Hey! This isn't really a prompt,,, but anyways. My thought was that the other Sanders Sides (one of them or all three) would find the other one (which ever you want) doing something that is really super out of character for them (the character might be embarrassed that they like/do this thing?) and the others either [angst option] react really badly, making the one doing the thing even more sad/embarrassed, or [fluff option] they react by helping the one doing the action feel like it isn't (1)
A big deal, and that they shouldn’t be ashamed of it. (Maybe the others admit to doing activities that are out of character for them?) I hope this makes any sense at all lol. 💗 ~Rose Anon
So I decided to do both options because I couldn’t decide. Also in case you can’t tell by the end of this, yes, I’m an Irish dancer. I love to dance whenever I’m feeling anxious or stressed, it just calms me straight down. Anyway, I hope you like the way I answered this.
Thomas had decided to do another Q and A video with the sides. Anxiety had been enjoying himself. He actually liked the Q and A’s and it helped that no one was asking about kissing this time. Then Thomas had asked a question directed towards all of them, asking if the sides had any hobbies the viewers didn’t already know about.
Logic had talked about how in addition to his poetry and love of mystery novels, he also enjoyed star gazing. Morality had enthusiastically talked about his love of all things DIY. And Prince had admitted he loved designing and making clothes. Then they had turned to Anxiety.
“So what about you, Sneering Beauty?” Prince asked. “Any hobbies besides brooding in the shadows.”
“Why should I do anything else,” Anxiety shot back, ready to just move on to the next question.
“Awww, come on Anxiety.” Morality interjected. “There has to be something. Everyone needs a hobby.”
Anxiety hesitated. Should he tell them?
“This is a waste of time,” Prince said dismissively. “He clearly doesn’t, Morality.”
Anxiety’s eyes narrowed. That was it.
“Actually,” he snapped. “I dance. Irish dance, to be specific.”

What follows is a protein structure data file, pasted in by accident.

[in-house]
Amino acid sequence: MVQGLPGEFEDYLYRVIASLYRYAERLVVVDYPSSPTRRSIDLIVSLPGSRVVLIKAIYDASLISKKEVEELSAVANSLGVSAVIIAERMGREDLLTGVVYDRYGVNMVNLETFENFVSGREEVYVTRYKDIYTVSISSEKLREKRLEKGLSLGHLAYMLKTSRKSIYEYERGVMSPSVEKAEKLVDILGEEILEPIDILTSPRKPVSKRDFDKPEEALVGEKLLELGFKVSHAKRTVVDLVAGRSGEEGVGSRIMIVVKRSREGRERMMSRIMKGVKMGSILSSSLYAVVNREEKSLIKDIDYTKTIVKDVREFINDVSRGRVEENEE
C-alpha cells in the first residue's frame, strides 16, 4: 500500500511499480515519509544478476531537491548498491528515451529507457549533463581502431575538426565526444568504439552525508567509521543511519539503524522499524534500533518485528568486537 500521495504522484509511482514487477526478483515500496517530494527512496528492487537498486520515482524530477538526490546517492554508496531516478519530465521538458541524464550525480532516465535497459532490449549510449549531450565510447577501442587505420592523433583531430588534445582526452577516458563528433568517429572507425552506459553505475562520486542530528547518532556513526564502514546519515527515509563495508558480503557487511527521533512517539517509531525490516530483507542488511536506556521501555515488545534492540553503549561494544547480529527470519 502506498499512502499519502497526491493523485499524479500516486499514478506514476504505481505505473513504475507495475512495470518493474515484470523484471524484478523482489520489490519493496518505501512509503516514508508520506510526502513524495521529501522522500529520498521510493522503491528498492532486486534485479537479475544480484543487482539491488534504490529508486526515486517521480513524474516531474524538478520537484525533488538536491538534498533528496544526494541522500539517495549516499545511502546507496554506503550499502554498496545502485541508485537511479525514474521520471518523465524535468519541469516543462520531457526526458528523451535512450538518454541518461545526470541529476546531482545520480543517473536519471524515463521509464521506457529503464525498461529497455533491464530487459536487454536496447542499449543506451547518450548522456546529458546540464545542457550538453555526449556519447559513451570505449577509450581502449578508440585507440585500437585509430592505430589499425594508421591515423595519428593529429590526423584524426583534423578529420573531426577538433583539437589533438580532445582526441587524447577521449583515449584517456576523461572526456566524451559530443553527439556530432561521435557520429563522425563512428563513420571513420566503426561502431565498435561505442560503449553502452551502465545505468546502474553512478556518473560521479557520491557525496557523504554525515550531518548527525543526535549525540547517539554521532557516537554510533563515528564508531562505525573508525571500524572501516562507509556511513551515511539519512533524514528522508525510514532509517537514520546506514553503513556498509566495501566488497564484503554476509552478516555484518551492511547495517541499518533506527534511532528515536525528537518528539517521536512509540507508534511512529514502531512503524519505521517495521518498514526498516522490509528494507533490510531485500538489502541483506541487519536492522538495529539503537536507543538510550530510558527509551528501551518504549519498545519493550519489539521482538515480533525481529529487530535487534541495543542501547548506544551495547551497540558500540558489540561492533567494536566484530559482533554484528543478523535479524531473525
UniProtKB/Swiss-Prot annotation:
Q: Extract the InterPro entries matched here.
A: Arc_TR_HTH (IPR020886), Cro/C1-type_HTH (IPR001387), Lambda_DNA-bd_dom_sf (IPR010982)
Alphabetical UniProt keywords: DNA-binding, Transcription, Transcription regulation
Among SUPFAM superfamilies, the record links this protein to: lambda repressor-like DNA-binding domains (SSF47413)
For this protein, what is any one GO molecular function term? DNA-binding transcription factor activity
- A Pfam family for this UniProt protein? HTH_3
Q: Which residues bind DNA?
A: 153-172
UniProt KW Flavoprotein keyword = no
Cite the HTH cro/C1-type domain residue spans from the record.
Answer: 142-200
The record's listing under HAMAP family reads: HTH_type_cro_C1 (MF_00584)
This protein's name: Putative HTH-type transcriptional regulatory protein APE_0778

There was a pause. Then Prince burst out laughing.
“You? Dance?” he wheezed. “Oh, that’s a image. Nice one, Anxiety. I didn’t know you had an imagination.”
Anxiety’s stomach clenched. Fuck. He should have just kept his stupid mouth shut. There was a reason he’d never told the others. But he’d let Prince bait him, and now look what had happened.
“I’m sorry, but what is Irish Dance exactly?” Morality said in, trying to speak over the sound of Prince’s laughter.
“It’s a form of traditional dance from Ireland,” Logic explained. As Morality still looked confused, he continued, “Think Riverdance, for example.”
“Oh,” Morality blinked. “Well that’s … different.”
Anxiety was done. He wasn’t going to stay here and hear another incredulous reaction. He didn’t need this. Better to get out now and hope that they’d all have forgotten about this the next time he saw them.
He popped back into his room. He could feel himself shaking a little, so he took in a deep breath and let it out slowly, trying to calm himself down. But it wasn’t working. He was too upset. Angry at himself for saying anything. Angry at Prince for laughing. Humiliated that the others now knew.
Fuck it, he was going to dance. This was one of the reasons he had fallen in love with the sport. Whenever he danced he could pour out all of his feelings, let it all go. That’s why he loved hard shoes best. As he slammed his feet into the floor, being as loud as he could, it felt like he was on top of the world, and none of his fears could touch him. He loved soft shoe as well, but there was something special about hard shoe.
He slipped his on now, tying the laces, and pulling the buckles tight. He’d managed to fix up a small dance studio off from his room a while back. It had taken a little bit of time to adjust the mindscape before he had it just right, but he’d gotten it eventually. He’d also managed to make it soundproofed, not that he’d really needed to. His room was far enough away from the others that they wouldn’t hear him anyway.